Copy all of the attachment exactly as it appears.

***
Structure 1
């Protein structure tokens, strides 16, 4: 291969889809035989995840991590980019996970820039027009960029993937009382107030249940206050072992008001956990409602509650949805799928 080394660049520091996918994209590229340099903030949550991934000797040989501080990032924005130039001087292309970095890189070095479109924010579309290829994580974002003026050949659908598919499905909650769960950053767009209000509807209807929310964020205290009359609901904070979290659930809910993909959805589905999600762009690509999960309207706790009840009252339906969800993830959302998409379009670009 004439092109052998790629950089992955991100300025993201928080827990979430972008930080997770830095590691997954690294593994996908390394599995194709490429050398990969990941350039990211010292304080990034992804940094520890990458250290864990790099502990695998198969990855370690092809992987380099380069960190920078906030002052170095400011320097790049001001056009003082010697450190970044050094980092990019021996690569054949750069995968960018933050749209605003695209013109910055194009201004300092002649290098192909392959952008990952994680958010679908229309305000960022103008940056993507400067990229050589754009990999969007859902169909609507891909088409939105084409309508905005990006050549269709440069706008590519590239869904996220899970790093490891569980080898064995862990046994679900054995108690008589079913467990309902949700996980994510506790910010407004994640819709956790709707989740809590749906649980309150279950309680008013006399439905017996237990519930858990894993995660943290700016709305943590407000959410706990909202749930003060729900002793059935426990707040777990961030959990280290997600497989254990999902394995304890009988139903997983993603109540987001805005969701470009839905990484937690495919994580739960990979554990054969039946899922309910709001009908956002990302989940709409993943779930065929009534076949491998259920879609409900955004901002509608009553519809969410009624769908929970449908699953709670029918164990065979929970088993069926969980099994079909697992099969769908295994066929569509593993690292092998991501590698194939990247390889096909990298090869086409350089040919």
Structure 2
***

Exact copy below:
Structure 1
């Protein structure tokens, strides 16, 4: 291969889809035989995840991590980019996970820039027009960029993937009382107030249940206050072992008001956990409602509650949805799928 080394660049520091996918994209590229340099903030949550991934000797040989501080990032924005130039001087292309970095890189070095479109924010579309290829994580974002003026050949659908598919499905909650769960950053767009209000509807209807929310964020205290009359609901904070979290659930809910993909959805589905999600762009690509999960309207706790009840009252339906969800993830959302998409379009670009 004439092109052998790629950089992955991100300025993201928080827990979430972008930080997770830095590691997954690294593994996908390394599995194709490429050398990969990941350039990211010292304080990034992804940094520890990458250290864990790099502990695998198969990855370690092809992987380099380069960190920078906030002052170095400011320097790049001001056009003082010697450190970044050094980092990019021996690569054949750069995968960018933050749209605003695209013109910055194009201004300092002649290098192909392959952008990952994680958010679908229309305000960022103008940056993507400067990229050589754009990999969007859902169909609507891909088409939105084409309508905005990006050549269709440069706008590519590239869904996220899970790093490891569980080898064995862990046994679900054995108690008589079913467990309902949700996980994510506790910010407004994640819709956790709707989740809590749906649980309150279950309680008013006399439905017996237990519930858990894993995660943290700016709305943590407000959410706990909202749930003060729900002793059935426990707040777990961030959990280290997600497989254990999902394995304890009988139903997983993603109540987001805005969701470009839905990484937690495919994580739960990979554990054969039946899922309910709001009908956002990302989940709409993943779930065929009534076949491998259920879609409900955004901002509608009553519809969410009624769908929970449908699953709670029918164990065979929970088993069926969980099994079909697992099969769908295994066929569509593993690292092998991501590698194939990247390889096909990298090869086409350089040919």
Structure 2